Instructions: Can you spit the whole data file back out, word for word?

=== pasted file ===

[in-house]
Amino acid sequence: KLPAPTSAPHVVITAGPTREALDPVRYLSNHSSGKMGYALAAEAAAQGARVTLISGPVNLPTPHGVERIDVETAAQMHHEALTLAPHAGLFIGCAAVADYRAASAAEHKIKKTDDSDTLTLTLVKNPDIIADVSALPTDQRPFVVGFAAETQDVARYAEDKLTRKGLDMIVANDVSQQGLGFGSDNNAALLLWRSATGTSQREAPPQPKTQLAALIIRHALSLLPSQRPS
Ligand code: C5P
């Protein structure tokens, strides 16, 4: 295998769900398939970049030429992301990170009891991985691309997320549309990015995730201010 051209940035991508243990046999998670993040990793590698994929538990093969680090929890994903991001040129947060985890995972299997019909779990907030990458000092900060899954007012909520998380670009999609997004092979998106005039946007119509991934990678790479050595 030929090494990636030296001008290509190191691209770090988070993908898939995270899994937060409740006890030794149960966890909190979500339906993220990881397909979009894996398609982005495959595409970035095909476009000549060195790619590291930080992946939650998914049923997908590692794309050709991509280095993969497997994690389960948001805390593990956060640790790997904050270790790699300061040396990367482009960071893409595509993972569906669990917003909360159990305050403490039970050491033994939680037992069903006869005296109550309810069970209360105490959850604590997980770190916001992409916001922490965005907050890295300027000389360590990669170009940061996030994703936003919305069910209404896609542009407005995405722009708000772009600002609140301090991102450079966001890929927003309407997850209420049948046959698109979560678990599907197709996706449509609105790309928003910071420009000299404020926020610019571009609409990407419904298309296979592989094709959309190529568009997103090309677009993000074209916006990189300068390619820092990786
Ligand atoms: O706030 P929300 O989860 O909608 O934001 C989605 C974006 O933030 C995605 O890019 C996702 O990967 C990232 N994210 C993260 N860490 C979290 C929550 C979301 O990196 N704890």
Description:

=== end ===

[in-house]
Amino acid sequence: KLPAPTSAPHVVITAGPTREALDPVRYLSNHSSGKMGYALAAEAAAQGARVTLISGPVNLPTPHGVERIDVETAAQMHHEALTLAPHAGLFIGCAAVADYRAASAAEHKIKKTDDSDTLTLTLVKNPDIIADVSALPTDQRPFVVGFAAETQDVARYAEDKLTRKGLDMIVANDVSQQGLGFGSDNNAALLLWRSATGTSQREAPPQPKTQLAALIIRHALSLLPSQRPS
Ligand code: C5P
């Protein structure tokens, strides 16, 4: 295998769900398939970049030429992301990170009891991985691309997320549309990015995730201010 051209940035991508243990046999998670993040990793590698994929538990093969680090929890994903991001040129947060985890995972299997019909779990907030990458000092900060899954007012909520998380670009999609997004092979998106005039946007119509991934990678790479050595 030929090494990636030296001008290509190191691209770090988070993908898939995270899994937060409740006890030794149960966890909190979500339906993220990881397909979009894996398609982005495959595409970035095909476009000549060195790619590291930080992946939650998914049923997908590692794309050709991509280095993969497997994690389960948001805390593990956060640790790997904050270790790699300061040396990367482009960071893409595509993972569906669990917003909360159990305050403490039970050491033994939680037992069903006869005296109550309810069970209360105490959850604590997980770190916001992409916001922490965005907050890295300027000389360590990669170009940061996030994703936003919305069910209404896609542009407005995405722009708000772009600002609140301090991102450079966001890929927003309407997850209420049948046959698109979560678990599907197709996706449509609105790309928003910071420009000299404020926020610019571009609409990407419904298309296979592989094709959309190529568009997103090309677009993000074209916006990189300068390619820092990786
Ligand atoms: O706030 P929300 O989860 O909608 O934001 C989605 C974006 O933030 C995605 O890019 C996702 O990967 C990232 N994210 C993260 N860490 C979290 C929550 C979301 O990196 N704890």
Description: